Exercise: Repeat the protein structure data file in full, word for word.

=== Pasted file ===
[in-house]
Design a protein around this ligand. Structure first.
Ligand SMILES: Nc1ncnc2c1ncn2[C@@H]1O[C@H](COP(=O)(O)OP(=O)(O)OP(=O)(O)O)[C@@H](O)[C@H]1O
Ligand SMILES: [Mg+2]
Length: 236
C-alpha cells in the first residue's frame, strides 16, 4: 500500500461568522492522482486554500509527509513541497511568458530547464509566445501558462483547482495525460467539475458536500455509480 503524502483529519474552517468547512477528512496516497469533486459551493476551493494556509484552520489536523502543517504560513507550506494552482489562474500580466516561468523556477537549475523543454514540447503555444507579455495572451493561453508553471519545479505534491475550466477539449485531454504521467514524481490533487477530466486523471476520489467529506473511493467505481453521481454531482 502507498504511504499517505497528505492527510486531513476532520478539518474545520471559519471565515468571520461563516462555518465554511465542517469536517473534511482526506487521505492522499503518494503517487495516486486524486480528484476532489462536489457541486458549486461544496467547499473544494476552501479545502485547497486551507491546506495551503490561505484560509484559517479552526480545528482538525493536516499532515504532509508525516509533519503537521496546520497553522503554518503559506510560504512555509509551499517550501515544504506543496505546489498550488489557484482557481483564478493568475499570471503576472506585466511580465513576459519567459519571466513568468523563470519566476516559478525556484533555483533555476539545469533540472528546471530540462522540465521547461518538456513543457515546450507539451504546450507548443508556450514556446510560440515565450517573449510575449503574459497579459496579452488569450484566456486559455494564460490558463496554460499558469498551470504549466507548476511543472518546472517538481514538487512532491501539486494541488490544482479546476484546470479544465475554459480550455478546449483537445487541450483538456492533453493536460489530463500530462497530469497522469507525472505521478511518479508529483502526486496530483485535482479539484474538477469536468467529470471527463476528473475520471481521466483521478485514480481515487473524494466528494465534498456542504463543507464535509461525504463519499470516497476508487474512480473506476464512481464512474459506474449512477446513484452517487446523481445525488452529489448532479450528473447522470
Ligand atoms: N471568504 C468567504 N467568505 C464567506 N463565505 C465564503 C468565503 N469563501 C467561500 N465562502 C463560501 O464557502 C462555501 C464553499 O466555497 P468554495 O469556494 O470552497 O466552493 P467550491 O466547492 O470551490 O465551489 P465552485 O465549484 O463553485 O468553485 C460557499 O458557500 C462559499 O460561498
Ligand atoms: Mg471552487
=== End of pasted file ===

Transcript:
[in-house]
Design a protein around this ligand. Structure first.
Ligand SMILES: Nc1ncnc2c1ncn2[C@@H]1O[C@H](COP(=O)(O)OP(=O)(O)OP(=O)(O)O)[C@@H](O)[C@H]1O
Ligand SMILES: [Mg+2]
Length: 236
C-alpha cells in the first residue's frame, strides 16, 4: 500500500461568522492522482486554500509527509513541497511568458530547464509566445501558462483547482495525460467539475458536500455509480 503524502483529519474552517468547512477528512496516497469533486459551493476551493494556509484552520489536523502543517504560513507550506494552482489562474500580466516561468523556477537549475523543454514540447503555444507579455495572451493561453508553471519545479505534491475550466477539449485531454504521467514524481490533487477530466486523471476520489467529506473511493467505481453521481454531482 502507498504511504499517505497528505492527510486531513476532520478539518474545520471559519471565515468571520461563516462555518465554511465542517469536517473534511482526506487521505492522499503518494503517487495516486486524486480528484476532489462536489457541486458549486461544496467547499473544494476552501479545502485547497486551507491546506495551503490561505484560509484559517479552526480545528482538525493536516499532515504532509508525516509533519503537521496546520497553522503554518503559506510560504512555509509551499517550501515544504506543496505546489498550488489557484482557481483564478493568475499570471503576472506585466511580465513576459519567459519571466513568468523563470519566476516559478525556484533555483533555476539545469533540472528546471530540462522540465521547461518538456513543457515546450507539451504546450507548443508556450514556446510560440515565450517573449510575449503574459497579459496579452488569450484566456486559455494564460490558463496554460499558469498551470504549466507548476511543472518546472517538481514538487512532491501539486494541488490544482479546476484546470479544465475554459480550455478546449483537445487541450483538456492533453493536460489530463500530462497530469497522469507525472505521478511518479508529483502526486496530483485535482479539484474538477469536468467529470471527463476528473475520471481521466483521478485514480481515487473524494466528494465534498456542504463543507464535509461525504463519499470516497476508487474512480473506476464512481464512474459506474449512477446513484452517487446523481445525488452529489448532479450528473447522470
Ligand atoms: N471568504 C468567504 N467568505 C464567506 N463565505 C465564503 C468565503 N469563501 C467561500 N465562502 C463560501 O464557502 C462555501 C464553499 O466555497 P468554495 O469556494 O470552497 O466552493 P467550491 O466547492 O470551490 O465551489 P465552485 O465549484 O463553485 O468553485 C460557499 O458557500 C462559499 O460561498
Ligand atoms: Mg471552487